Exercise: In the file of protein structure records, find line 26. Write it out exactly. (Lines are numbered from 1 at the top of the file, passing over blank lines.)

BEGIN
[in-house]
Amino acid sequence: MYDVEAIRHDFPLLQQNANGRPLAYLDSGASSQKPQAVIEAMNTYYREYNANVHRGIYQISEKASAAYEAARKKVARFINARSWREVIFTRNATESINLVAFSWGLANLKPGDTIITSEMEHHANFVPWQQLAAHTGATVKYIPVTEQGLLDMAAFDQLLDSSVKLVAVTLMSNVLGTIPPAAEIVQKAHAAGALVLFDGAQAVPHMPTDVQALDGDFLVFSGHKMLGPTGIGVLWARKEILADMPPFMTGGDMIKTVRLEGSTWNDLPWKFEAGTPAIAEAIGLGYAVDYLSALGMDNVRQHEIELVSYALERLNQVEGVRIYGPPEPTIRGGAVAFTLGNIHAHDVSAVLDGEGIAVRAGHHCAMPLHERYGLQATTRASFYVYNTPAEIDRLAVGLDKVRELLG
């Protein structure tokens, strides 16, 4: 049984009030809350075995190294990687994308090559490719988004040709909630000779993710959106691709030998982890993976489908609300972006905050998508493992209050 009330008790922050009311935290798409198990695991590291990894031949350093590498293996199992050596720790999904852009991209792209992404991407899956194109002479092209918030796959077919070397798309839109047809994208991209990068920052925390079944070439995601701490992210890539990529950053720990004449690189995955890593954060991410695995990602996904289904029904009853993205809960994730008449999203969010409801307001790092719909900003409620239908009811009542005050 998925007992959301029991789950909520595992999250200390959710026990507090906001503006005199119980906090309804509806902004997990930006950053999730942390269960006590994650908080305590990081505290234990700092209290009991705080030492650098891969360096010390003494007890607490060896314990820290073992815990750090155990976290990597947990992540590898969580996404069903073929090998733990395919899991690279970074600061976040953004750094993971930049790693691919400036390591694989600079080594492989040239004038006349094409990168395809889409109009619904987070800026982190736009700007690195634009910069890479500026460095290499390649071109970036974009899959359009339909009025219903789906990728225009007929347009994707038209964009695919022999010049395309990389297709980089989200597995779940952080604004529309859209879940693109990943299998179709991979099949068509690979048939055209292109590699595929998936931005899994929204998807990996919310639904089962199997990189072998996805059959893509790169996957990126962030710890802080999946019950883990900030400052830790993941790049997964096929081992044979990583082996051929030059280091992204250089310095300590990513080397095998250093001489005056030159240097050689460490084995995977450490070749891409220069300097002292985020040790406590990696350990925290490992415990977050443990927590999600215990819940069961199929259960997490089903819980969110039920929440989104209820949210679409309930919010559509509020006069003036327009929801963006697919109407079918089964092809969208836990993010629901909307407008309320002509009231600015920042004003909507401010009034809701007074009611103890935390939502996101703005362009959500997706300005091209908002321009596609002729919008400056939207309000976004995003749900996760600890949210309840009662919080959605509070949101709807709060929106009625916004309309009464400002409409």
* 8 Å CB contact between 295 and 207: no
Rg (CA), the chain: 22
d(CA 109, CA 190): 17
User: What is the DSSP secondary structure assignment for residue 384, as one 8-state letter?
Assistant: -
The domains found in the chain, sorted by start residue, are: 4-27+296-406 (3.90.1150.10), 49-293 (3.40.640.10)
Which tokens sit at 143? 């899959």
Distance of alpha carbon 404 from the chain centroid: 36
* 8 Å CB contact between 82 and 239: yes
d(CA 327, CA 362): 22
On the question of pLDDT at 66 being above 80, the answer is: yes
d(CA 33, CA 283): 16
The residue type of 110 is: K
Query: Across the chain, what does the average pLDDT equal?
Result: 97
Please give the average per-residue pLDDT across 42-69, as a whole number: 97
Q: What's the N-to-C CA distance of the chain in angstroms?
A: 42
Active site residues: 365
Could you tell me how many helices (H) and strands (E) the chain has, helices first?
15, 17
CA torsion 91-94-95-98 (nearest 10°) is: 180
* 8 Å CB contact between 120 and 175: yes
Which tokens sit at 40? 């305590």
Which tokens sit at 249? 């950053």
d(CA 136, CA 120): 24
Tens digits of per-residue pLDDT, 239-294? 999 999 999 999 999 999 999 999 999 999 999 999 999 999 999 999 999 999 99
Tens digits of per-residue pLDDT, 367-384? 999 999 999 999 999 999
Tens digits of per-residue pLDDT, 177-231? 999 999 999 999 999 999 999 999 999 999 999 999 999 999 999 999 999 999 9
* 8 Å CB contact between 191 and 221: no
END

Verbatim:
* 8 Å CB contact between 120 and 175: yes